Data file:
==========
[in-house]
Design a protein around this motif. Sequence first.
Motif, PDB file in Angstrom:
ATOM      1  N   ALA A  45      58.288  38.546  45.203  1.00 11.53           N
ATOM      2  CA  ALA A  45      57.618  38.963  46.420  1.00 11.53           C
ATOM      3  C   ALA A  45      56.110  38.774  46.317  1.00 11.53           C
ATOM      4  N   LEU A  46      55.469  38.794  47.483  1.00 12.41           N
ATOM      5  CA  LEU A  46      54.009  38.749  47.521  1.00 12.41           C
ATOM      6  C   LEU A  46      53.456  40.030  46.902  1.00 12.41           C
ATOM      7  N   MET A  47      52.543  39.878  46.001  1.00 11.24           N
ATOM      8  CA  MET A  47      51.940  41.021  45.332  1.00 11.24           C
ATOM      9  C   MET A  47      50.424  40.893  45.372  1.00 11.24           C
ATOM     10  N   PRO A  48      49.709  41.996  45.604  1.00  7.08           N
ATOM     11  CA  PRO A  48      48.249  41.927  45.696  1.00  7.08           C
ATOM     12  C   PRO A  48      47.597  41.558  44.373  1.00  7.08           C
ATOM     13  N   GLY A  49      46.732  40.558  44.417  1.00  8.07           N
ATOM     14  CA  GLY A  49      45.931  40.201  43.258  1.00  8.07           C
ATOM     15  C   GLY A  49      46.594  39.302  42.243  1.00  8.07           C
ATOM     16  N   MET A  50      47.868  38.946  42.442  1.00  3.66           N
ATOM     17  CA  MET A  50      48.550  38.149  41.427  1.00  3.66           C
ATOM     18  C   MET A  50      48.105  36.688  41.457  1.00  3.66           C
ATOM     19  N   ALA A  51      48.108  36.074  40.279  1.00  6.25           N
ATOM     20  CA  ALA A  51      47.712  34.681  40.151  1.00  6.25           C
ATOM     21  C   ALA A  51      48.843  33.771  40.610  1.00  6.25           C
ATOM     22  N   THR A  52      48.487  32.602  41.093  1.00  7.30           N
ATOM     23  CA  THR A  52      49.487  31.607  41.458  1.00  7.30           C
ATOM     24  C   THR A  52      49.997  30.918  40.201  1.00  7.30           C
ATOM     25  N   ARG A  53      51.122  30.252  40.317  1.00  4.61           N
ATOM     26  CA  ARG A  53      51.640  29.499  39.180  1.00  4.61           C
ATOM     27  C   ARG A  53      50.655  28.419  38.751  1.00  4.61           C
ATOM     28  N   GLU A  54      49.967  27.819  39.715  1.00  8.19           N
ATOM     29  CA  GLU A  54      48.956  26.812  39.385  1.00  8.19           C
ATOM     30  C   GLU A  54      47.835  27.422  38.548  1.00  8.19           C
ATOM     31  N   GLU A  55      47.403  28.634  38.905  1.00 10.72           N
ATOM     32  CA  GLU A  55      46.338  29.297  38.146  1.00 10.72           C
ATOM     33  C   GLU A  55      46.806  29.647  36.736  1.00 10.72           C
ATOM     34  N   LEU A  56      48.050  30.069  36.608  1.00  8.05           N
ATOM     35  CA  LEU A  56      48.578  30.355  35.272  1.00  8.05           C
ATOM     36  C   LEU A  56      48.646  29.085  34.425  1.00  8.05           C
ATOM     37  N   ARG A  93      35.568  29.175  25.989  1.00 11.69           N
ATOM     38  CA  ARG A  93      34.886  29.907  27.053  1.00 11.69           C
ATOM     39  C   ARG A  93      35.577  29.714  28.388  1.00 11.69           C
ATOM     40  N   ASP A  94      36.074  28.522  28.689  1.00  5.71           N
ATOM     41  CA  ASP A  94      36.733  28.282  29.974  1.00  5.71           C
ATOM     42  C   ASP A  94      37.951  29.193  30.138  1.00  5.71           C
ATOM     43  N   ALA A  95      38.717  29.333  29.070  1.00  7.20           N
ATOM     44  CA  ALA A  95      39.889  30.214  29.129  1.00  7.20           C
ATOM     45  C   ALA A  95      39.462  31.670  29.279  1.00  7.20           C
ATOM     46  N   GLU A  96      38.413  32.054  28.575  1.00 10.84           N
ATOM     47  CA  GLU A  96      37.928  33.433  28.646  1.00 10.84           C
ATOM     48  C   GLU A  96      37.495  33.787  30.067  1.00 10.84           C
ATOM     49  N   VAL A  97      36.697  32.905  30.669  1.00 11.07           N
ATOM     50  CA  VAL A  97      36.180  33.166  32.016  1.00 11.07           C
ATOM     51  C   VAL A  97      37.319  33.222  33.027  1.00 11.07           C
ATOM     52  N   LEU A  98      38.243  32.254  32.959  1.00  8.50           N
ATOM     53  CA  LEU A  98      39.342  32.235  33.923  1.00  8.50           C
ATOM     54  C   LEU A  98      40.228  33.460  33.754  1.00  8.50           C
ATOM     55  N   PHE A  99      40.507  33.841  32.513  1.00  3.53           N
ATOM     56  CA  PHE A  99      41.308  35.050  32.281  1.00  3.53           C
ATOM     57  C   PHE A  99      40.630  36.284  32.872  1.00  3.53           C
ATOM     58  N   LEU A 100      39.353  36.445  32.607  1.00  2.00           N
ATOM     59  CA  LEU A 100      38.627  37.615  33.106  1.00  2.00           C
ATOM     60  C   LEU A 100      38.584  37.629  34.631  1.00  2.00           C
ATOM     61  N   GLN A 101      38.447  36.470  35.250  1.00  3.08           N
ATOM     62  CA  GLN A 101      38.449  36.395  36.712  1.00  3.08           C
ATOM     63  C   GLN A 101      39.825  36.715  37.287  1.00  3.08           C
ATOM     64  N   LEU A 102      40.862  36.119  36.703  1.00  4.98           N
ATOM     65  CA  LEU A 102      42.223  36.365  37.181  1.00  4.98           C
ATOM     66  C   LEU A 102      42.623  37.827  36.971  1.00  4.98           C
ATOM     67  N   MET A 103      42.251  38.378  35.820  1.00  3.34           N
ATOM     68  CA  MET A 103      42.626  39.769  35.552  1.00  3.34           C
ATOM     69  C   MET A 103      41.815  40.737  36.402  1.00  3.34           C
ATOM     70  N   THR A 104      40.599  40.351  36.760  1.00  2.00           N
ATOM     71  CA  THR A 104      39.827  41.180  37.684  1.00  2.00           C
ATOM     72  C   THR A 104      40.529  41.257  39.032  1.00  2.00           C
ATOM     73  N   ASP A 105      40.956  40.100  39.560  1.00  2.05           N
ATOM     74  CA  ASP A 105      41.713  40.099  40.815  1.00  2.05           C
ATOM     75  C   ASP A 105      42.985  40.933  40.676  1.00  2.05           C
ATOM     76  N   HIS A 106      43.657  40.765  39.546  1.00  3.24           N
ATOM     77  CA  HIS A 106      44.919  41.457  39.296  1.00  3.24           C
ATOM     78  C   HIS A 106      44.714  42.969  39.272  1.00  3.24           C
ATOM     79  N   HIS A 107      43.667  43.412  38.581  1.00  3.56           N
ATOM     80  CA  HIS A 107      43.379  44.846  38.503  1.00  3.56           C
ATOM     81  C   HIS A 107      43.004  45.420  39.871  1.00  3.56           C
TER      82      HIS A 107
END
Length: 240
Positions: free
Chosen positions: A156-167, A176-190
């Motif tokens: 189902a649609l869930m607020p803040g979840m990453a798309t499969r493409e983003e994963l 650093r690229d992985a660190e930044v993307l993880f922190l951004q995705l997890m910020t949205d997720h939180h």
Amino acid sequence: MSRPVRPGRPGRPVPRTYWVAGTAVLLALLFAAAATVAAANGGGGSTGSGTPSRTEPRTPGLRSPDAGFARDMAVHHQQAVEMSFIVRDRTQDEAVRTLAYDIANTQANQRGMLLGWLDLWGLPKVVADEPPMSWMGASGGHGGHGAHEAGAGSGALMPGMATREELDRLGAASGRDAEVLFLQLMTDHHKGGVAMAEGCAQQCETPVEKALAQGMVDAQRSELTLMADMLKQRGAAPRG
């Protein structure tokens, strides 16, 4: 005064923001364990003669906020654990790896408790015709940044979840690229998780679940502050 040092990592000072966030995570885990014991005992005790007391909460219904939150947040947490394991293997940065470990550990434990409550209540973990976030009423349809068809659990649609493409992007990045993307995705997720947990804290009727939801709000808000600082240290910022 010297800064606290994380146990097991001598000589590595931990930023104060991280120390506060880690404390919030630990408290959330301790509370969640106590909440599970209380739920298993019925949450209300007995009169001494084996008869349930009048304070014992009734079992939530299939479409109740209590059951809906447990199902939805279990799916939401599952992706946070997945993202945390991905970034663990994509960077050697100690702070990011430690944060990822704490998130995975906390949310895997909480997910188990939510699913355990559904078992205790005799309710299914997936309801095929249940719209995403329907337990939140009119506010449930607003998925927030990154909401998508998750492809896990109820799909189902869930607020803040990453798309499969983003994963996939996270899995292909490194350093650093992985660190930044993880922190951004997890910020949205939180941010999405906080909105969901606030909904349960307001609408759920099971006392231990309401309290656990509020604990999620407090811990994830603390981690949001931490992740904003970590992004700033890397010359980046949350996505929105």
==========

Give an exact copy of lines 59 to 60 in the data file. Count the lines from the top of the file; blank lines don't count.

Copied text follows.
ATOM     56  CA  PHE A  99      41.308  35.050  32.281  1.00  3.53           C
ATOM     57  C   PHE A  99      40.630  36.284  32.872  1.00  3.53           C